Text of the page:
‘You get the feeling they really have time for the residents; they are not in a hurry because they need to do other stuff. Probably, in the background they do, but we don’t notice it. They just really pay personal attention to people.’ [green care farm 1601]

‘They need to pay more attention. Just go to people. Sit with them at the bed when you [staff] have a quiet moment, instead of sitting behind the computer. Just sit with them and get in contact with the people. Just have a chat, and I’m not saying nobody does this, because I noticed it is also related to the person who is working.’ [regular small-scale living facility 1405]

When talking about why choosing a particular setting, person centred care was also mentioned as an important factor. At green care farms, informal caregivers had actively looked for a nursing home that matched the preferences, backgrounds, and living experiences of their relatives.

‘We chose this care farm because my father has an agricultural background. He grew up on a farm and is familiar with the life of a farmer. He was a sheep breeder, which has been his most important occupation. And because this is a farm where there are a lot of animals and vegetables being cultivated it is like going back to his roots.’[green care farm 506]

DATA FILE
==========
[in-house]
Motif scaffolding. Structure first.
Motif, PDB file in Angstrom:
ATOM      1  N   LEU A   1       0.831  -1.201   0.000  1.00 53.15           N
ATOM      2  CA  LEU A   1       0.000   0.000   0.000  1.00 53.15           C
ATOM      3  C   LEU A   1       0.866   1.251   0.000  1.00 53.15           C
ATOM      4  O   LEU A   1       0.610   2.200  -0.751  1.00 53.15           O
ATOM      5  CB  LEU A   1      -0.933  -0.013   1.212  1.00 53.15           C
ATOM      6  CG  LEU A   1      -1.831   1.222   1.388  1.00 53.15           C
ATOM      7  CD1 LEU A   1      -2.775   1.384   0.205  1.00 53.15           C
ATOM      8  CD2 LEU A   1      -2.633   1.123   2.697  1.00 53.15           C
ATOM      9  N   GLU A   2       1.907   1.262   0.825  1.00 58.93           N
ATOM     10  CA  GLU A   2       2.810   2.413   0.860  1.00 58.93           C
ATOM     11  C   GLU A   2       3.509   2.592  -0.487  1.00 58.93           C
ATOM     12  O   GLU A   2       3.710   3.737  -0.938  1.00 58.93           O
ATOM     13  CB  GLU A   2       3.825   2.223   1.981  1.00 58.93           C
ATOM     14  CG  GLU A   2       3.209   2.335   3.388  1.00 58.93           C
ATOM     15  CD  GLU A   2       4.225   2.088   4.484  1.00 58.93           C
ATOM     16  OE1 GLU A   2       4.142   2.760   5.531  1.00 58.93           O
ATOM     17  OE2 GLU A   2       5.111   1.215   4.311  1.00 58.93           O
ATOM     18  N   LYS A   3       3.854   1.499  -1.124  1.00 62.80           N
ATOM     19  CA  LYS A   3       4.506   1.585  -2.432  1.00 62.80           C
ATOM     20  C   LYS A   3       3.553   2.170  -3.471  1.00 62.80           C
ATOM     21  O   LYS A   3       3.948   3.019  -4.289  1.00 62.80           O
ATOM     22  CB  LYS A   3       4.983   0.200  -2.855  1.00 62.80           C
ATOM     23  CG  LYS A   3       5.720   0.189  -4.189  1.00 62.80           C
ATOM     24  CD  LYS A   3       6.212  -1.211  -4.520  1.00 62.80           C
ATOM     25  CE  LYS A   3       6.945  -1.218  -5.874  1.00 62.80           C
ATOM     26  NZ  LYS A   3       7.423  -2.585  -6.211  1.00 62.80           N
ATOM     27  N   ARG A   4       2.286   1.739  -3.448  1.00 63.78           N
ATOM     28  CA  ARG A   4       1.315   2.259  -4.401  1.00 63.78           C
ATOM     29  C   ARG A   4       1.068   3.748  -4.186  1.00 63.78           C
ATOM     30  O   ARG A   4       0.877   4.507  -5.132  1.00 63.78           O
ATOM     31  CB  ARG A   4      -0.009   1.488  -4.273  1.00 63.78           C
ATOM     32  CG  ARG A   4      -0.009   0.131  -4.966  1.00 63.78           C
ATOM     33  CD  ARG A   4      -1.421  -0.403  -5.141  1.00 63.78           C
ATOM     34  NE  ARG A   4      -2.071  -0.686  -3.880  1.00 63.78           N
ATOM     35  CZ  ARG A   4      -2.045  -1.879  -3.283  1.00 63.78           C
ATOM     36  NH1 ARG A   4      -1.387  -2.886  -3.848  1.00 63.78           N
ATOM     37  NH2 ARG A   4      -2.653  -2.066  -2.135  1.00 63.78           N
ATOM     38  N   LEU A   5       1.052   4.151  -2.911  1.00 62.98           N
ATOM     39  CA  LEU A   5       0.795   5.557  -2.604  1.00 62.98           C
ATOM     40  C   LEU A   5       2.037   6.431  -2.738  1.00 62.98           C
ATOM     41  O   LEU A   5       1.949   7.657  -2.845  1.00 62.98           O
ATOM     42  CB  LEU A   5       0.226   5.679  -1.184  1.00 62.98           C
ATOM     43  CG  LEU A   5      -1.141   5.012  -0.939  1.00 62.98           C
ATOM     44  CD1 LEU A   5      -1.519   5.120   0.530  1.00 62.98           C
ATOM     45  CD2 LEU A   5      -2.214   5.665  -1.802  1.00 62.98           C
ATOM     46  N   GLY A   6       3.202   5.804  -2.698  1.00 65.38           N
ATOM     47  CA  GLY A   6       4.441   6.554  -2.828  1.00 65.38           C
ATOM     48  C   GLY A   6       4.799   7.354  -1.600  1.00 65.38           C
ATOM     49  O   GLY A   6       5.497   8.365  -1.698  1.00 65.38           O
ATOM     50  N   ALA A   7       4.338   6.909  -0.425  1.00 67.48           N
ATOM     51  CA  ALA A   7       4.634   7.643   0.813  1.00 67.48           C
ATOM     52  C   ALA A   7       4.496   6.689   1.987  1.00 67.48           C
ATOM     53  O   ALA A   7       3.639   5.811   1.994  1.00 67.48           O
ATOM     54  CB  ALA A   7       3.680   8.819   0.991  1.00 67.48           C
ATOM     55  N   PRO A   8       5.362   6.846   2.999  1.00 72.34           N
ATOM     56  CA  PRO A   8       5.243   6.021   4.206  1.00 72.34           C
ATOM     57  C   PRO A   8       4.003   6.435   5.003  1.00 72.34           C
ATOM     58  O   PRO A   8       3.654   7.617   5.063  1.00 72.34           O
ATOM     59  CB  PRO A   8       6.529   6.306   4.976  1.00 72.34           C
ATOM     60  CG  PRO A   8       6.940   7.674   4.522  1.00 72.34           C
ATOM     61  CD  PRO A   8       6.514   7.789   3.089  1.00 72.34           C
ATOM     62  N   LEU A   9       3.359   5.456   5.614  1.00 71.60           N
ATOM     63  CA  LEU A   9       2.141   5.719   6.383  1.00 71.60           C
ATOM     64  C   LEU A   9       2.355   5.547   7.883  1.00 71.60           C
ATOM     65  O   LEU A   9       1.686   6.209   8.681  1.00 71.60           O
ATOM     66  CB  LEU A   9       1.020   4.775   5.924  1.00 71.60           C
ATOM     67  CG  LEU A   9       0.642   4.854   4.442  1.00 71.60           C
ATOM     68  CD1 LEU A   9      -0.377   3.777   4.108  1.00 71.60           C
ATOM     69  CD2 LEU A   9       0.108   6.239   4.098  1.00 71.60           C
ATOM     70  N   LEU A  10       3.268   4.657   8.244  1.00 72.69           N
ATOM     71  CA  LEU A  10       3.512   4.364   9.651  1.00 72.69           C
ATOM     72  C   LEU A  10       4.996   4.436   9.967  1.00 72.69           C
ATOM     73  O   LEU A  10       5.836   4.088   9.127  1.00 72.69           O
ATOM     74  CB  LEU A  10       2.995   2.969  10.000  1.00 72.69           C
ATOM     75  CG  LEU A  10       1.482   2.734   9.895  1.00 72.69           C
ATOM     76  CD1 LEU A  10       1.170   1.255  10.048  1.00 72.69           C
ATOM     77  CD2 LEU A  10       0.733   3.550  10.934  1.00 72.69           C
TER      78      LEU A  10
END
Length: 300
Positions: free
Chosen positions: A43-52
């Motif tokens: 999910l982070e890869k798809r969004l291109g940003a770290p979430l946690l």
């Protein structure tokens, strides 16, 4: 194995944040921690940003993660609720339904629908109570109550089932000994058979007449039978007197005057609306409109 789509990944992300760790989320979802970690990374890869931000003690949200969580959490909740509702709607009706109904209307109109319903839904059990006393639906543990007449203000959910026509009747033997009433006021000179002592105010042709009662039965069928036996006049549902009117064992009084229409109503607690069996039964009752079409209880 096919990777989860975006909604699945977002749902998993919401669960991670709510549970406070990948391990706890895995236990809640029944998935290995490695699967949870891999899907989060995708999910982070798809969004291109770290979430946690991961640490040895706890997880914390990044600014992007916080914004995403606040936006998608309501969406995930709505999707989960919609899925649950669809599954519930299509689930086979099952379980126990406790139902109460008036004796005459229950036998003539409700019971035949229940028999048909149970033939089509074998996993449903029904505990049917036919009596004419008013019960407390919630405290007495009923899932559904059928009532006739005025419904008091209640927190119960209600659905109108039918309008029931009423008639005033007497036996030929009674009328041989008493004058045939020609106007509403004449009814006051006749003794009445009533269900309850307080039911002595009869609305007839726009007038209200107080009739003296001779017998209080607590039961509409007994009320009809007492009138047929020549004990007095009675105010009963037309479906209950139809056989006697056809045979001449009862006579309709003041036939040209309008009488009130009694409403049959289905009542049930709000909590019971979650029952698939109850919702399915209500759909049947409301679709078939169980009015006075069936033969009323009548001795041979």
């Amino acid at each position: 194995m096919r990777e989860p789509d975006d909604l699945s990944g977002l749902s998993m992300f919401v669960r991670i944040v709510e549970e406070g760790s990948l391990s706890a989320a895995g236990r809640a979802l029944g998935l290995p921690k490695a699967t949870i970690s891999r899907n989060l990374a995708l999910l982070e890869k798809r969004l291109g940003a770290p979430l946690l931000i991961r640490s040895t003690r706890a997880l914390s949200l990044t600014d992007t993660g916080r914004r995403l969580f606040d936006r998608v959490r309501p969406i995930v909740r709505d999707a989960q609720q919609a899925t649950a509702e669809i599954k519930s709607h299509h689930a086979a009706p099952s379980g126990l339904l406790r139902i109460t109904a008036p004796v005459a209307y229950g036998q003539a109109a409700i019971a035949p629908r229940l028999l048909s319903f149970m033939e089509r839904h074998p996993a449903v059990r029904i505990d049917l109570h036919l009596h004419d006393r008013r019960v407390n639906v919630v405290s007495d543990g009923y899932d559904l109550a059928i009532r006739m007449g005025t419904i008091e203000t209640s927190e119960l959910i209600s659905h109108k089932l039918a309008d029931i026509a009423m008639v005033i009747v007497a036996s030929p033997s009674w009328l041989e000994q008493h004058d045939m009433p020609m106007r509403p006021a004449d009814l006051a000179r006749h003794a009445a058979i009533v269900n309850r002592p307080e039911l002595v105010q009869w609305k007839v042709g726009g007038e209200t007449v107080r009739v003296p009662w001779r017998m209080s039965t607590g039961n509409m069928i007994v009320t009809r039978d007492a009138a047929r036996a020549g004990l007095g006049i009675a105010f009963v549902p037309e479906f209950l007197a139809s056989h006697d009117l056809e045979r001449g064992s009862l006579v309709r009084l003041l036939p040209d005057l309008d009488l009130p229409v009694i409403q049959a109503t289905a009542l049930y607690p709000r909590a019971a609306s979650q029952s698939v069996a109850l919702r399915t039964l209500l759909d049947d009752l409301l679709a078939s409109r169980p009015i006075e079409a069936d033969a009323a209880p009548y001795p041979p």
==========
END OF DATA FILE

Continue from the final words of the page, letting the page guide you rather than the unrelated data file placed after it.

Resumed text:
The characteristics of small-scale, living facilities, in which a situation as closest to home is stimulated, was mentioned as an important factor by informal caregivers in choosing this type of nursing home.

‘This small-scale living facility is just more home-like (than a traditional nursing home). There are always the same nursing staff, which makes it easier to get to know each other. Furthermore, the residents can also help with cooking, for instance by peeling the potatoes. These things they have done all their lives, and here they can still do this.’ [regular small-scale living facility 1102]


The importance of communication between all people involved (informal caregivers, nursing staff, management) was a topic that was mentioned consistently by informal caregivers as influencing their experience. Both positive and negative experiences were mentioned in all three types of nursing homes.